[Beowulf] 3.79 TFlops sp, 0.95 TFlops dp, 264 TByte/s, 3 GByte, 198 W @ 500 EUR

Prentice Bisbal prentice at ias.edu
Thu Dec 22 07:42:35 PST 2011

On 12/22/2011 09:57 AM, Eugen Leitl wrote:
> On Thu, Dec 22, 2011 at 09:43:55AM -0500, Prentice Bisbal wrote:
>> Or if your German is rusty:
>> http://www.zdnet.com/blog/computers/amd-radeon-hd-7970-graphics-card-launched-benchmarked-fastest-single-gpu-board-available/7204
> Wonder what kind of response will be forthcoming from nVidia,
> given developments like http://www.theregister.co.uk/2011/11/14/arm_gpu_nvidia_supercomputer/
> It does seem that x86 is dead, despite good Bulldozer performance
> in Interlagos
> http://www.heise.de/newsticker/meldung/AMDs-Serverprozessoren-mit-Bulldozer-Architektur-legen-los-1378230.html
> (engage dekrautizer of your choice).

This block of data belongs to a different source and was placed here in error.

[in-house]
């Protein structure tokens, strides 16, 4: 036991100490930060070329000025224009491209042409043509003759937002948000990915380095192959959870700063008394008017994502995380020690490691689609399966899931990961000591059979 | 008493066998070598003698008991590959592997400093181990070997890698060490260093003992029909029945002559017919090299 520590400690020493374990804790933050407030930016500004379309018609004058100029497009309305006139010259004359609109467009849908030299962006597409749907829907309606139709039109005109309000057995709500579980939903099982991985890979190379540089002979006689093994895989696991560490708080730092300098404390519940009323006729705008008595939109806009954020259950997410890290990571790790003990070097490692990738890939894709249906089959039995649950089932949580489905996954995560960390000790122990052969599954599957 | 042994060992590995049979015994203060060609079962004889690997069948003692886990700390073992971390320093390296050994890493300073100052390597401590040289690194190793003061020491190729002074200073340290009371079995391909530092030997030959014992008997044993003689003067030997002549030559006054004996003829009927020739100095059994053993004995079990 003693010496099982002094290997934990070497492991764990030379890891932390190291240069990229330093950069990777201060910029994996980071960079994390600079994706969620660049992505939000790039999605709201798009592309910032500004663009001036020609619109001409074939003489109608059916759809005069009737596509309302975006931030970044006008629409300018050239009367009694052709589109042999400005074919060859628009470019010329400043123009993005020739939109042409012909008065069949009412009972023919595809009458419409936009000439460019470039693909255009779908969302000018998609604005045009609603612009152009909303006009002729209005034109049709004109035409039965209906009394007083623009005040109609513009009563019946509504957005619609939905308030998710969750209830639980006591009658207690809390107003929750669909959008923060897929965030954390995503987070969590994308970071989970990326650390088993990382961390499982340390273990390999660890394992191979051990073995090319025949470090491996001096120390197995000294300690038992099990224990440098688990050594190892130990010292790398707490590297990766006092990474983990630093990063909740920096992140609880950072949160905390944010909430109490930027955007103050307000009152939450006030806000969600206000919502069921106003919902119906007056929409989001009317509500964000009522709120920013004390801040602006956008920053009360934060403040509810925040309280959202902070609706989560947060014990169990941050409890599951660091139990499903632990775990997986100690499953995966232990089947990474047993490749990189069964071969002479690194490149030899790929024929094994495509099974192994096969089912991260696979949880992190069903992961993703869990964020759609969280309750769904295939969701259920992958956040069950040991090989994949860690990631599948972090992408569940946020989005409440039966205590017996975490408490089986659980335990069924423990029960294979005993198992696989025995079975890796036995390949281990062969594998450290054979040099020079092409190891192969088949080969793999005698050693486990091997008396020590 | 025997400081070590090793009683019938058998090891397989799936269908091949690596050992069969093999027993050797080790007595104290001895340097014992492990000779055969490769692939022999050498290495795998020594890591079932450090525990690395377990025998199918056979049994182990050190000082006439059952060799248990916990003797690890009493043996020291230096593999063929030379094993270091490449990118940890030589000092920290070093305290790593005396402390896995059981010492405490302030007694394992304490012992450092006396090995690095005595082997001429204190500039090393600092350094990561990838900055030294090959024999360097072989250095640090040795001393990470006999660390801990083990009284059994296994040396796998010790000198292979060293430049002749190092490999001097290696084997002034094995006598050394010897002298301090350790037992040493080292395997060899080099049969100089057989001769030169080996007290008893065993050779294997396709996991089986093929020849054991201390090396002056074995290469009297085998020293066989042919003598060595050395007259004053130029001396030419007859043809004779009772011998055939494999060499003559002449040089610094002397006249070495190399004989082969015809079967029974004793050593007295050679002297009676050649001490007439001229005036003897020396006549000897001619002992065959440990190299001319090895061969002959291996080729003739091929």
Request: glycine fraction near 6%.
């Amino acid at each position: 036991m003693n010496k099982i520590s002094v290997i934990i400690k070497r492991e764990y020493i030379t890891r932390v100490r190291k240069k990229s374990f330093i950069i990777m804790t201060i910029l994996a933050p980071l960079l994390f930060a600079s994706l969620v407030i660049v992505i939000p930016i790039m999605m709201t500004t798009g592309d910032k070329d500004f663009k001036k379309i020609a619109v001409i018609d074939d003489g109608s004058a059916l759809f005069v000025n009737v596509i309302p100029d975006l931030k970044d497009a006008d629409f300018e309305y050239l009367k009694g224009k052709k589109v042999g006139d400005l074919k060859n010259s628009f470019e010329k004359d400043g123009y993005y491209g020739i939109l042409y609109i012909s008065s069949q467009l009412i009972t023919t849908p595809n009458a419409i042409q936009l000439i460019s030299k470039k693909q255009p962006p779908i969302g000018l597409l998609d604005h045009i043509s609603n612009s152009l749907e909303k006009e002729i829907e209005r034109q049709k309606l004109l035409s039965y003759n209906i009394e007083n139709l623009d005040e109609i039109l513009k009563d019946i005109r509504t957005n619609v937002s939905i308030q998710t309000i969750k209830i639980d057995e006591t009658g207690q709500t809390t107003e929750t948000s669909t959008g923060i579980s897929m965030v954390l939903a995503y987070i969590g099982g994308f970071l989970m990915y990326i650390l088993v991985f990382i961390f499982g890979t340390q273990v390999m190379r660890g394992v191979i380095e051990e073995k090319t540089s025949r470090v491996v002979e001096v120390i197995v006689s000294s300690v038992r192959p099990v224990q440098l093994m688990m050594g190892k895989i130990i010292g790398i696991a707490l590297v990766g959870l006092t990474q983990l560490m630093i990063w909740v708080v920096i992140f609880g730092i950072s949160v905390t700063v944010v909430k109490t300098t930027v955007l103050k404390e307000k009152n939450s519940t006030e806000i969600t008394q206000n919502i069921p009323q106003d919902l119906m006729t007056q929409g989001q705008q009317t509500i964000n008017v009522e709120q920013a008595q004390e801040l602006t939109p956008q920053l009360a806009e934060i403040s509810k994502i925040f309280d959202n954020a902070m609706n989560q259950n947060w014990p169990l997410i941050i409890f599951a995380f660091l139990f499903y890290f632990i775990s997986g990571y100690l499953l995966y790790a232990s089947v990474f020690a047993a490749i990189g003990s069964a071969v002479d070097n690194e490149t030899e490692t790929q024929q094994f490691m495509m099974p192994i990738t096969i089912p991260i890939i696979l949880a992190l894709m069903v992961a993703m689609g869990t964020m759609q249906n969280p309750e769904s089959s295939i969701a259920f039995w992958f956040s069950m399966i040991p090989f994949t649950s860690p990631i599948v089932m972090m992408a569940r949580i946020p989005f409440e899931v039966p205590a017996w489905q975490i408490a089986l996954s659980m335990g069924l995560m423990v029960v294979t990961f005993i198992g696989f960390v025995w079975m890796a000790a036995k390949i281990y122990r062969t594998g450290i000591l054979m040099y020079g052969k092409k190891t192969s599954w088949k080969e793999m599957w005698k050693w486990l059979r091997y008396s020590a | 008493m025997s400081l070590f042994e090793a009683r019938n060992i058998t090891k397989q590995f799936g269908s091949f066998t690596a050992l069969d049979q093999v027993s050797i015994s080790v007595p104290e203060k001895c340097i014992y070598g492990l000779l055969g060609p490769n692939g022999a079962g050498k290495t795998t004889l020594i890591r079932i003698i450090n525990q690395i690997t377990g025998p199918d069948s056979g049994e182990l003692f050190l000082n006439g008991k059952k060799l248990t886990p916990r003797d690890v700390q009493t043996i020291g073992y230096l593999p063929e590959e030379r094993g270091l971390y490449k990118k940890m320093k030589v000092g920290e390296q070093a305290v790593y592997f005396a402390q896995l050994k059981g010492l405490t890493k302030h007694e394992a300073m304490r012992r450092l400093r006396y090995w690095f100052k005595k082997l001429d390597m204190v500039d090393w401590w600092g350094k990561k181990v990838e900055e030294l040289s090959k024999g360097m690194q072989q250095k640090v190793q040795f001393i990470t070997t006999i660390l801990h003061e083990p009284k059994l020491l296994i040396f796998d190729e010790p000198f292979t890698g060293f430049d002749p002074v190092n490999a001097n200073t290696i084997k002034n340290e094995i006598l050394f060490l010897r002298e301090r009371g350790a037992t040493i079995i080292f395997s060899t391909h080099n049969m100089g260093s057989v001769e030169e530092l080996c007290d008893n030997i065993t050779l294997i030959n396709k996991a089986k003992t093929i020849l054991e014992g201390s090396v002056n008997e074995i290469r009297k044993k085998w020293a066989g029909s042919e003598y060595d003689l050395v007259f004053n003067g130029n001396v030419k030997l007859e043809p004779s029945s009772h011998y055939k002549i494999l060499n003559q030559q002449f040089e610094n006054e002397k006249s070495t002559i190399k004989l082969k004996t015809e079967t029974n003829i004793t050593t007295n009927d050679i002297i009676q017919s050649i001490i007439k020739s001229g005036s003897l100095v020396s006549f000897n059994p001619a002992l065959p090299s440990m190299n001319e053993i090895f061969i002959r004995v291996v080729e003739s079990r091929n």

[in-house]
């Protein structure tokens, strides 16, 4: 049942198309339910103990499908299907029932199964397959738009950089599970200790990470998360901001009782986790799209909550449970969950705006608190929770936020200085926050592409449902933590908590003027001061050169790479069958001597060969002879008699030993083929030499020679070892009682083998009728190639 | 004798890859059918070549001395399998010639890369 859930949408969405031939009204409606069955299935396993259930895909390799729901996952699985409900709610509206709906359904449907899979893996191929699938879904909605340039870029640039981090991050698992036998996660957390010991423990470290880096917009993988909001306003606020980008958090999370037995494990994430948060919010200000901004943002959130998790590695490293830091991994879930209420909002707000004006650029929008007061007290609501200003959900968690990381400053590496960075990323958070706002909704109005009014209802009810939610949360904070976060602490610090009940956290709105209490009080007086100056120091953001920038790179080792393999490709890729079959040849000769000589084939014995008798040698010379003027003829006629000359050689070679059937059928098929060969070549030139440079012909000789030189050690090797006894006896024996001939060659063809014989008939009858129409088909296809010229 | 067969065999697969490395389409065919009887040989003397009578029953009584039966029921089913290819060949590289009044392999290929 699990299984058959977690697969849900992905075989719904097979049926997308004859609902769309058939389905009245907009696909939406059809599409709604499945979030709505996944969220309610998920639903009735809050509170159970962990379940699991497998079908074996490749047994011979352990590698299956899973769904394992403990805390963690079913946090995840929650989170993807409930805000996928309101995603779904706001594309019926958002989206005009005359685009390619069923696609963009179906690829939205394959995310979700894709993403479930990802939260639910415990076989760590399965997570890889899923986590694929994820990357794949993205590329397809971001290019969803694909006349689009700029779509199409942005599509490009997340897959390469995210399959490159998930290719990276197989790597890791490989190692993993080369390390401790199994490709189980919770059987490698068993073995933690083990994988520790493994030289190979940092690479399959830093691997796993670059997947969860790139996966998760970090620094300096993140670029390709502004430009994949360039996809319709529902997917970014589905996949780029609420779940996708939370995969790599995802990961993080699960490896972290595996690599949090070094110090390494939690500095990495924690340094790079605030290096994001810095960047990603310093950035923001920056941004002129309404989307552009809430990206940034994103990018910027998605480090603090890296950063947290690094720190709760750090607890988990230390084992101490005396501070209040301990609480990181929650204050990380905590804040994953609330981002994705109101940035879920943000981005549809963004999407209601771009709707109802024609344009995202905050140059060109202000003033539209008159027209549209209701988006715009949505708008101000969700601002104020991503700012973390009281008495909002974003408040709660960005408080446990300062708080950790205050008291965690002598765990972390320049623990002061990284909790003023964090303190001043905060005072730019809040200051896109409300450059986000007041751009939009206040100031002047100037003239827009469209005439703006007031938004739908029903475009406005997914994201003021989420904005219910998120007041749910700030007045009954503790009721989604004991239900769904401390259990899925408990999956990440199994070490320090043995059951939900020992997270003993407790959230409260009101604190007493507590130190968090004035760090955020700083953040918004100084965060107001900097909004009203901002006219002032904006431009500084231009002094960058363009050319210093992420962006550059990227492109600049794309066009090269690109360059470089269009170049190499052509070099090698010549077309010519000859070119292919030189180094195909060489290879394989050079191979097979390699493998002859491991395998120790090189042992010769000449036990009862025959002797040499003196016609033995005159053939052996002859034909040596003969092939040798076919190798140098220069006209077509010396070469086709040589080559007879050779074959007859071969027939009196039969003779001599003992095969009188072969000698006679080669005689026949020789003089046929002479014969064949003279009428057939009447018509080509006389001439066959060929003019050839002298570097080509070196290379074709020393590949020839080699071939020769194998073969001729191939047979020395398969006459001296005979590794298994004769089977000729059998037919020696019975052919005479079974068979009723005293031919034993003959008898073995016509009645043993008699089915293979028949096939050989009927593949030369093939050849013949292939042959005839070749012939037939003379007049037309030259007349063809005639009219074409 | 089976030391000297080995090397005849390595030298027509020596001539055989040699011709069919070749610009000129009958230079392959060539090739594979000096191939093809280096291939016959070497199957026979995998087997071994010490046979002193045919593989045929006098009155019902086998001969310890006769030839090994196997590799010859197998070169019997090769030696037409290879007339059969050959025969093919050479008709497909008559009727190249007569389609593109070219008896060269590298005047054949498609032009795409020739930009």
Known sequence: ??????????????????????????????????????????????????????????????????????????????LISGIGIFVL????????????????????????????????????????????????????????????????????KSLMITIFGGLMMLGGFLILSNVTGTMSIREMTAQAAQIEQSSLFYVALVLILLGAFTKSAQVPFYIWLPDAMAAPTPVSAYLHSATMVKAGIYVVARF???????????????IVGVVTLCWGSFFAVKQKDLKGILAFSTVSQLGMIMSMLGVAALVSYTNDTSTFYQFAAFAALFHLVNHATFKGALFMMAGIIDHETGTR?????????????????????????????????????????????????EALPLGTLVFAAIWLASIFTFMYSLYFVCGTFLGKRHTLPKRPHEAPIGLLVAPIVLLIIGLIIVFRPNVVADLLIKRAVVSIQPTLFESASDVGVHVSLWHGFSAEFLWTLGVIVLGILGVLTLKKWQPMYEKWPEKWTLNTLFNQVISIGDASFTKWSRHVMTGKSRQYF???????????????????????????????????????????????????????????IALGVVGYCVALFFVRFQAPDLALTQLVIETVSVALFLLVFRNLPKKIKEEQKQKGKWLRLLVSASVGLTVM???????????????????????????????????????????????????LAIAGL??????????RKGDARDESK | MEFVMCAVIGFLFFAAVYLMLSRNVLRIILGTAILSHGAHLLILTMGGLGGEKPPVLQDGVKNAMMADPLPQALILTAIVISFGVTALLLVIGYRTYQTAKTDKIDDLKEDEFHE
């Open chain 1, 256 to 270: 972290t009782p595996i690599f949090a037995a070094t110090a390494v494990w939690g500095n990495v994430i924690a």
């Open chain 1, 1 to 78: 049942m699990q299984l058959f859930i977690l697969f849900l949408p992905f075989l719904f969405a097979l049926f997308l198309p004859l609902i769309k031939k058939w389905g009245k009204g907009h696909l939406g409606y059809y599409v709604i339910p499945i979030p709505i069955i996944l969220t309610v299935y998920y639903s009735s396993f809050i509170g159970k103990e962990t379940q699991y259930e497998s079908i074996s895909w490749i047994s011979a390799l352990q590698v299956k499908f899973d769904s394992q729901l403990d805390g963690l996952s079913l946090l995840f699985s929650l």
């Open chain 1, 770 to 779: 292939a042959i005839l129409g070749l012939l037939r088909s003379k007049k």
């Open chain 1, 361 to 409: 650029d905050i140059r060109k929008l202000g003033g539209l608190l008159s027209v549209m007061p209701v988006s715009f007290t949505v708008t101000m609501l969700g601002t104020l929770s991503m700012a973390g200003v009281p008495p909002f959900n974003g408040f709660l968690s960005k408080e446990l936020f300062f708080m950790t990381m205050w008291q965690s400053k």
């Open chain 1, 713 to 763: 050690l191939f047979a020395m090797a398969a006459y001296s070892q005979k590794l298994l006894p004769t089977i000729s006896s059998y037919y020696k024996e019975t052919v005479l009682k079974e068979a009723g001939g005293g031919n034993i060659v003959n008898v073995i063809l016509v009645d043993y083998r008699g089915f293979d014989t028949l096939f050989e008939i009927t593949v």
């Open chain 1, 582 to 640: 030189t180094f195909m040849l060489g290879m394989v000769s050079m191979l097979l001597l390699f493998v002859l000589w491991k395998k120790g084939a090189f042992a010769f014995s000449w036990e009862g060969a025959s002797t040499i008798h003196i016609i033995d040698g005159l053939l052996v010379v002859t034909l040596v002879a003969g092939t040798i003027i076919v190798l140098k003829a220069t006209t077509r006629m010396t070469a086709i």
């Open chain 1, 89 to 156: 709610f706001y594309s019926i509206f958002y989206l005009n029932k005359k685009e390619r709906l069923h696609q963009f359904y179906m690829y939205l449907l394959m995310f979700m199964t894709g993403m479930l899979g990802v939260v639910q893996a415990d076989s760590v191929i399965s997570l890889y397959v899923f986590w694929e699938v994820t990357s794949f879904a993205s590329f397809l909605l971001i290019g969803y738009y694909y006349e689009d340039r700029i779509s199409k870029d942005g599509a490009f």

At SC11, it was clear that everyone was looking for ways around the
power wall. I saw 5 or 6 different booths touting the use of FPGAs for
improved performance/efficiency. I don't remember there being a single
FPGA booth in the past. Whether the accelerator is GPU, FPGA, GRAPE,
Intem MIC, or something else,  I think it's clear that the future of HPC
architecture is going to change radically in the next couple years,
unless some major breakthrough occurs for commodity processors.

I think DE Shaw Research's Anton computer, which uses FPGAs and custom
processors, is an excellent example of what the future of HPC might look


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